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- Chicago, IL
Hundreds of thousands of American seniors utilize assisted living, a figure that is only growing. For these seniors, assisted living combines residential housing, assistance in daily activities, and some healthcare. These communities also strive to provide an atmosphere that is comfortable and engaging for their residents.
Assisted living may also be known as assisted care, assistive care, residential care, supportive living, basic care, personal care, adult living facilities, adult foster care, or personal care in certain states. They may be free-standing community, a section of a continuing care community, nursing home, or an addition to an independent living community.
Through assistance with healthcare, personal care, help with household tasks, as well as planned social and recreational events, seniors in assisted living homes can gain an increased quality of life while also maintaining their independence.
If you are looking for an assisted living facility, find the community that is right for you on SeniorHousingNet.com.
The age of residents living in assisted living facilities typically ranges from 66 to 94. Almost three-quarters of these residents are female, and over two-thirds of residents are mobile. The average resident needs assistance with 1 to 2 Activities of Daily Life , 4 to 5 Instrumental Activities of Daily Life, and more than half receive support for Alzheimer's and dementia.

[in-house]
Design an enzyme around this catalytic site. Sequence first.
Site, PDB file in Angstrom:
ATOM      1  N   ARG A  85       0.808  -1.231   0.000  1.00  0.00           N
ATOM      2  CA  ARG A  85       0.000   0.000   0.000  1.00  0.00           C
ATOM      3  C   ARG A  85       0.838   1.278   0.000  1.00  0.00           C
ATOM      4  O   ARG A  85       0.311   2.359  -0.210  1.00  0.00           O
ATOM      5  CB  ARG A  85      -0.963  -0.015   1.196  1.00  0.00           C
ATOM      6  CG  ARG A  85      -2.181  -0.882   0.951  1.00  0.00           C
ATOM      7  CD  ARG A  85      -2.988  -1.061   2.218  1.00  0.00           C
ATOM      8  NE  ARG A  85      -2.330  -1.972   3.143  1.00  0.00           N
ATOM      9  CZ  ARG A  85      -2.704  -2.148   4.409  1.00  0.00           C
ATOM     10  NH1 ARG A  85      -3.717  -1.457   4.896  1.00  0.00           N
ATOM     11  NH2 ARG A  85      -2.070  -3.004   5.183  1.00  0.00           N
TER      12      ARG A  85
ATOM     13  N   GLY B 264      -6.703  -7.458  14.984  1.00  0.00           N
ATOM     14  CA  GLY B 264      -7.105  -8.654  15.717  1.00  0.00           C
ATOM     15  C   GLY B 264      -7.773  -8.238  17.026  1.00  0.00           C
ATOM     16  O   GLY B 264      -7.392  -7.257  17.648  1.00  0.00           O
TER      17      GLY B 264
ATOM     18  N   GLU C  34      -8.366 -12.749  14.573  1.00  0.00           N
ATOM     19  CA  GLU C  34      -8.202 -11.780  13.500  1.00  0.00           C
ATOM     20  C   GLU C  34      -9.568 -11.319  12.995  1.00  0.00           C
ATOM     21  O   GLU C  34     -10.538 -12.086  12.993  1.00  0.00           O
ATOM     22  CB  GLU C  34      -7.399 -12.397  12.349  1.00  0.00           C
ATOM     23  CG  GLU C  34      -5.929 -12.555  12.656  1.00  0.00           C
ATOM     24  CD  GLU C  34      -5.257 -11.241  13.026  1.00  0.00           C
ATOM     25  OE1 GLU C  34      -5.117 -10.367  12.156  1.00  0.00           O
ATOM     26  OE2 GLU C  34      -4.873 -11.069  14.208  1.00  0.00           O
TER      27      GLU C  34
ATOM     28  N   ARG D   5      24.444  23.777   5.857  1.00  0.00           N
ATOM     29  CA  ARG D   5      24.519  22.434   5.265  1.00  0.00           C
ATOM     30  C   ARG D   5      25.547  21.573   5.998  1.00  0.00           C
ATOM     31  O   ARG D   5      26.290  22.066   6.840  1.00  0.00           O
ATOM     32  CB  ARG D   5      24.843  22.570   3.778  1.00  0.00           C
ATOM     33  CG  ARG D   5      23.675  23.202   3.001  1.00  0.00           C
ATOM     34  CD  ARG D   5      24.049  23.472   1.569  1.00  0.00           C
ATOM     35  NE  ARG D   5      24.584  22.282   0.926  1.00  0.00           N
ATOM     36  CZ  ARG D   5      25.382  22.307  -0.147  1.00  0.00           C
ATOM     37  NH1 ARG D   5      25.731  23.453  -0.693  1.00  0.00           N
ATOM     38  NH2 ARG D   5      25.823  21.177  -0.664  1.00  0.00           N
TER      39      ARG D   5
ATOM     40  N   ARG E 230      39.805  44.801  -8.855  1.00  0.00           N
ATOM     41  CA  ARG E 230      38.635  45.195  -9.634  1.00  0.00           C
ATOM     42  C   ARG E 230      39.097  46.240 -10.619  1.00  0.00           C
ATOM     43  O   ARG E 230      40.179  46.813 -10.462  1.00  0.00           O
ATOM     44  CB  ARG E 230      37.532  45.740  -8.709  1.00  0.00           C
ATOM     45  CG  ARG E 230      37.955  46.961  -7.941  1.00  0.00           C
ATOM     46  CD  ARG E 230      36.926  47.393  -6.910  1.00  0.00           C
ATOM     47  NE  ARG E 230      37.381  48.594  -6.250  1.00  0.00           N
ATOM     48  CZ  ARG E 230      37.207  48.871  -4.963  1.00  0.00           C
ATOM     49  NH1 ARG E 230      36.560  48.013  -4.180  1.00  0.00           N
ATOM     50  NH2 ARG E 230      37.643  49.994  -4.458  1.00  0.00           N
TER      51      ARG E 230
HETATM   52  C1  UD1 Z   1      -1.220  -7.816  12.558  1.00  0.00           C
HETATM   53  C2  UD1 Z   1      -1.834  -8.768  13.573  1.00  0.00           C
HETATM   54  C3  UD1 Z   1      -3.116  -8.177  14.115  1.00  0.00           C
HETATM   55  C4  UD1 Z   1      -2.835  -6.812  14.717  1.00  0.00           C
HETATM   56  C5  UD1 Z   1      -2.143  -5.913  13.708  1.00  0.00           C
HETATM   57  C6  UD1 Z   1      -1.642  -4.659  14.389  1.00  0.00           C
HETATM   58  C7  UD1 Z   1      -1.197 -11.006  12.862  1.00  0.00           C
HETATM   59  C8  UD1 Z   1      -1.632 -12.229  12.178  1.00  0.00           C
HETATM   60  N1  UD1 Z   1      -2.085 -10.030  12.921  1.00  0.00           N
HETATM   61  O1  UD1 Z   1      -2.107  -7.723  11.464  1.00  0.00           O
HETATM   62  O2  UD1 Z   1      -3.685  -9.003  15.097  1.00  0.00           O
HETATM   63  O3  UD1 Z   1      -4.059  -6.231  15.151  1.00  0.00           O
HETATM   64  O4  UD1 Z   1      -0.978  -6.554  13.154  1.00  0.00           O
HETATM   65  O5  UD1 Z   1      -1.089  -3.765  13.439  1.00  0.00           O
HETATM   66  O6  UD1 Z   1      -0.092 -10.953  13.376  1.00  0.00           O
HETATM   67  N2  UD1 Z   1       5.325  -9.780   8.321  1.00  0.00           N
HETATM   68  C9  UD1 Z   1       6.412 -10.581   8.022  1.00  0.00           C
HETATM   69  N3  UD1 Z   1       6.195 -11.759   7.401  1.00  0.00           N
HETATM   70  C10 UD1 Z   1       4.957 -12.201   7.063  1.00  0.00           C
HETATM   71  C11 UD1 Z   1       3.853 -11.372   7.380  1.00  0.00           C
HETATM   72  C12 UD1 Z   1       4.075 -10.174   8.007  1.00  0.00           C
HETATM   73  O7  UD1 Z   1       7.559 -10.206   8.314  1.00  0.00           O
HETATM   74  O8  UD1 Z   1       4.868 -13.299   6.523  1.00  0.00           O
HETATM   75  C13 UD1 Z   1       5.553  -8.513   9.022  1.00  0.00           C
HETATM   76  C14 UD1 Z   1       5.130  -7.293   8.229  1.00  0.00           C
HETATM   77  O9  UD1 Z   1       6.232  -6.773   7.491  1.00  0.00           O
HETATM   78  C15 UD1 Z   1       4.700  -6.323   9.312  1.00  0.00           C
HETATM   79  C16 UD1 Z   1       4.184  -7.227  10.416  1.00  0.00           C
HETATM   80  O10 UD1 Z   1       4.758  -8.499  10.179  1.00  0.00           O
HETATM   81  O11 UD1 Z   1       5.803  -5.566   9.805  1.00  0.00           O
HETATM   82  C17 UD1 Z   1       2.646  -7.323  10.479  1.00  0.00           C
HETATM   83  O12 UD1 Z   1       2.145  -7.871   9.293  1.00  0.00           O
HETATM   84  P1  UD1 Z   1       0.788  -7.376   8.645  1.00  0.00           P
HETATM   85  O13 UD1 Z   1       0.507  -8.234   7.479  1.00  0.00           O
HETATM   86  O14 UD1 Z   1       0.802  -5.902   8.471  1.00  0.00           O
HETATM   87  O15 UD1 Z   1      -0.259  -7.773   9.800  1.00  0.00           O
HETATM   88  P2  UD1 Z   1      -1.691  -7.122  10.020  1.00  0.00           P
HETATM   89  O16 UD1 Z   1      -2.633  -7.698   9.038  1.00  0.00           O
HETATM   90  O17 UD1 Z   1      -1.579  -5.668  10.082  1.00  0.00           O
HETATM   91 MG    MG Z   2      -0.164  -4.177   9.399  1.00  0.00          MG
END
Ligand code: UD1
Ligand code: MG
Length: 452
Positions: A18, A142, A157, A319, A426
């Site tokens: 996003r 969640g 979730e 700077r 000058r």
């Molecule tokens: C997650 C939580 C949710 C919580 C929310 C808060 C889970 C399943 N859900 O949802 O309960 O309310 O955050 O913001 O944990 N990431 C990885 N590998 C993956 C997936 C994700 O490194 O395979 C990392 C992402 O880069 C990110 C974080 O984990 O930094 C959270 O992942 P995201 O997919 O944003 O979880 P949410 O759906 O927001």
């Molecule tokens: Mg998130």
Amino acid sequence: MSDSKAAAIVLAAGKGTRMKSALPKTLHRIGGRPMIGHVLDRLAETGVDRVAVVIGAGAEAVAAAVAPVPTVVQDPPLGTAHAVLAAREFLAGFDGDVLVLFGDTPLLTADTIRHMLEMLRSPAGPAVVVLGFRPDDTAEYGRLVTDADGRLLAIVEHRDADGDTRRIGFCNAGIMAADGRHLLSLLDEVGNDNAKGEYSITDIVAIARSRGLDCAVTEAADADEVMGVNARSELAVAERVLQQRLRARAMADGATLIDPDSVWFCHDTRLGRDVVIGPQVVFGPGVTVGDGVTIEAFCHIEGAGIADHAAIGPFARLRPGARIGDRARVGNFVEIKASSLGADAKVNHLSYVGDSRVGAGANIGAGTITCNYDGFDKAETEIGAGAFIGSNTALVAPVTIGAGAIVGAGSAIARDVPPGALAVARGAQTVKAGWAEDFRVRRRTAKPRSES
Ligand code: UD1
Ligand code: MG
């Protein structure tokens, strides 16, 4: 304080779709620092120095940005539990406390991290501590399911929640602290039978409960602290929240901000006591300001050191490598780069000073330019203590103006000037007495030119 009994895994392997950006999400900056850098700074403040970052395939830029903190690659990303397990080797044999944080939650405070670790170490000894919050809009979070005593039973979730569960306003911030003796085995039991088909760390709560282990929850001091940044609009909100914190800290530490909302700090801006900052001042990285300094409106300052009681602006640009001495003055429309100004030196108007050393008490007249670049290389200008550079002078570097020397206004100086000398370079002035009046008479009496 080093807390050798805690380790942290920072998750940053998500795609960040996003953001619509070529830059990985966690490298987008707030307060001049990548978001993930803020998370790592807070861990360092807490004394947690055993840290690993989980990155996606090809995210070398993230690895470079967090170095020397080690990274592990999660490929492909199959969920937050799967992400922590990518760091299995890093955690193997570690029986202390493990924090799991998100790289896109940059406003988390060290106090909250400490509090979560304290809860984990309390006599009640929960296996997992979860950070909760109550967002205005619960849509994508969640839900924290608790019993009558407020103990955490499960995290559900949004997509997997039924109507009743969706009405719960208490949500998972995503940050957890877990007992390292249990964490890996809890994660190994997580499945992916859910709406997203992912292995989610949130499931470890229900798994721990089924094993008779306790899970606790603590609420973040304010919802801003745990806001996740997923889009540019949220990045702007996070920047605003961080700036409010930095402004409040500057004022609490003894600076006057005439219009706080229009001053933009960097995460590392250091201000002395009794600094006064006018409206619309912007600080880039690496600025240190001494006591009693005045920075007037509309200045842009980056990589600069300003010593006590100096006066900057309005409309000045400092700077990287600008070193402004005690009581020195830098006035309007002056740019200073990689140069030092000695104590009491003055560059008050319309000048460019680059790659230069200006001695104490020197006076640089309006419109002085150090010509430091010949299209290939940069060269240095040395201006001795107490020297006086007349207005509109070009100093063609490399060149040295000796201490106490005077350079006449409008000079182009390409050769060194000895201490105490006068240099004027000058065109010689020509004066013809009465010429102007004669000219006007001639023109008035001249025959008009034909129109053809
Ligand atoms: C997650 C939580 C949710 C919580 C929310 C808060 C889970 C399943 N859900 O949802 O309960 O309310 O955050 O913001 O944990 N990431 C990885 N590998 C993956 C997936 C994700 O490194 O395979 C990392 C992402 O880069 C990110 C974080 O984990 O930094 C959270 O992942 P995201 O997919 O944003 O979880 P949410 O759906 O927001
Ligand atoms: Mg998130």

Two-thirds of assisted living communities are freestanding, and 26% have a care program for Alzheimer's residents. Most communities have private or semi-private rooms, 64% offer private bathrooms, 77% offer furnished units, and 25% offer kitchenettes. Nearly all communities offer at least one common area.
Services typically offered include 24-hour assistance, medication assistance, on-site healthcare services, three meals per day, laundry, housekeeping, transportation, physical and occupational therapy, social and recreational activities, and exercise classes. Some of the most popular amenities include cable, recreation rooms, libraries, beauty salons and chapels. Some communities also offer assisted living for low income seniors.
Assisted living is a type of senior housing that provides assistance with different activities of daily life (ADLs).
These communites support seniors in activities affected by diminished memory, muscle tone, flexibility and fine motor skills. For many seniors it may become unsafe to drive, difficult to lift groceries, painful to lift objects, or impossible to unscrew a bottle of medication.
Assisted living facilities can also support seniors in getting healthcare and taking medications, finances and home maintenance, and shopping and cooking. More advanced care may also support seniors with hygiene, mobility, feeding and other basic daily tasks.
Communities typically create individual service plans (ISPs) for residents. These plans ensure each resident receives individualized care by outlining any needed assistance in a way that minimizes the impact of care services on a resident's lifestyle -- maximizing that resident's independence. Different communities may also provide memory care programs for seniors suffering from Alzheimer's, dementia and other conditions that result in loss of cognitive function.
These senior care provisions are typical but not ubiquitous. Check with prospective assisted living communities to learn about their unique approach to care